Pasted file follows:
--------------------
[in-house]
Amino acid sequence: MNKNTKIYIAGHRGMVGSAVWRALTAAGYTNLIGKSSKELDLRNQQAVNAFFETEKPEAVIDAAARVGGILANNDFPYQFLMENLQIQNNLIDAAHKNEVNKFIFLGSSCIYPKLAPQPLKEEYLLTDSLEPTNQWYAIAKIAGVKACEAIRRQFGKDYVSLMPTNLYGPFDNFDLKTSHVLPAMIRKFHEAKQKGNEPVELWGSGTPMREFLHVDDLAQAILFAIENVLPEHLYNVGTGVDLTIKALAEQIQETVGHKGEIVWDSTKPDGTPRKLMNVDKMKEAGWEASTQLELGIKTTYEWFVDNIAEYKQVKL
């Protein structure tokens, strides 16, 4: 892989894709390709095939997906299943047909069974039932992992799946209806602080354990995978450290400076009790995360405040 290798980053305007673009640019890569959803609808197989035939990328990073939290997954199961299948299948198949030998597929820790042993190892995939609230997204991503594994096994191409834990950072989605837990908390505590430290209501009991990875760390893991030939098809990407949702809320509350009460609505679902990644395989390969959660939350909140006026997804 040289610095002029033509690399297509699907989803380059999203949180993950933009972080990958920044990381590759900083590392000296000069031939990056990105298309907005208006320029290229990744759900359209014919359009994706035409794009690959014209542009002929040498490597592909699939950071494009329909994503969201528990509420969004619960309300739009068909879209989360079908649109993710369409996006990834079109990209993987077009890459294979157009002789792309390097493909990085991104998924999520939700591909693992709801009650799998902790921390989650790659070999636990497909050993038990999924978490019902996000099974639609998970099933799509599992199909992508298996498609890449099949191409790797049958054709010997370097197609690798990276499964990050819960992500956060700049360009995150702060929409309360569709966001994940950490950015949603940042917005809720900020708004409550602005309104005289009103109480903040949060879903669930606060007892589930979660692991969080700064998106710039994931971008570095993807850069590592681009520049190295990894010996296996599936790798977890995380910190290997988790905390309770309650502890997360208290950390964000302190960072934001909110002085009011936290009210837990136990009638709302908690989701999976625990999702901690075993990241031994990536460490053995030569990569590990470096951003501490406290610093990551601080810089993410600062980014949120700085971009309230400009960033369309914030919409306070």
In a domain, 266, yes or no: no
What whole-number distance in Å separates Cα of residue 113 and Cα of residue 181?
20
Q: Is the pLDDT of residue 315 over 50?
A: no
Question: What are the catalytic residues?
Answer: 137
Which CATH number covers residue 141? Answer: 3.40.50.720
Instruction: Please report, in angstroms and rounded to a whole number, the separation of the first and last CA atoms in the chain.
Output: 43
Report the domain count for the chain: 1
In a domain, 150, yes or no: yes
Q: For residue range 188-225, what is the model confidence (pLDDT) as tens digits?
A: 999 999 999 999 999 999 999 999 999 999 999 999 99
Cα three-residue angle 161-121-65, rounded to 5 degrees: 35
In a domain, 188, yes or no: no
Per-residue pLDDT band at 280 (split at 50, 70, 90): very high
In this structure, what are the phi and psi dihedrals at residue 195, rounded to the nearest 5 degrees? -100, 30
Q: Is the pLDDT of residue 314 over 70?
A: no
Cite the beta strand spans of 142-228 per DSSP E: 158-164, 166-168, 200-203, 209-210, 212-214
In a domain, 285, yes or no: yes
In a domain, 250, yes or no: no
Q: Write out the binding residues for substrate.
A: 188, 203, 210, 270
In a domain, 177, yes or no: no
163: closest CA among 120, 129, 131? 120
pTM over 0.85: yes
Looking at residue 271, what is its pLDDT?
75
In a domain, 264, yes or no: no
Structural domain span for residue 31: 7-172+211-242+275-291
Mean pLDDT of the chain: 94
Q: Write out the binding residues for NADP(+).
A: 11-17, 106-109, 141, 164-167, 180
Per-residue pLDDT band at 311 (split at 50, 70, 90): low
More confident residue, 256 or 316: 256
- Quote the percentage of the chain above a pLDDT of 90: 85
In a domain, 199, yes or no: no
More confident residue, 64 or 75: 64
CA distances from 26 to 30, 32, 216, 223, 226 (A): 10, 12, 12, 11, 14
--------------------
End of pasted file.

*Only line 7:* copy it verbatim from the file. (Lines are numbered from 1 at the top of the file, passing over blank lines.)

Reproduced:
Q: Is the pLDDT of residue 315 over 50?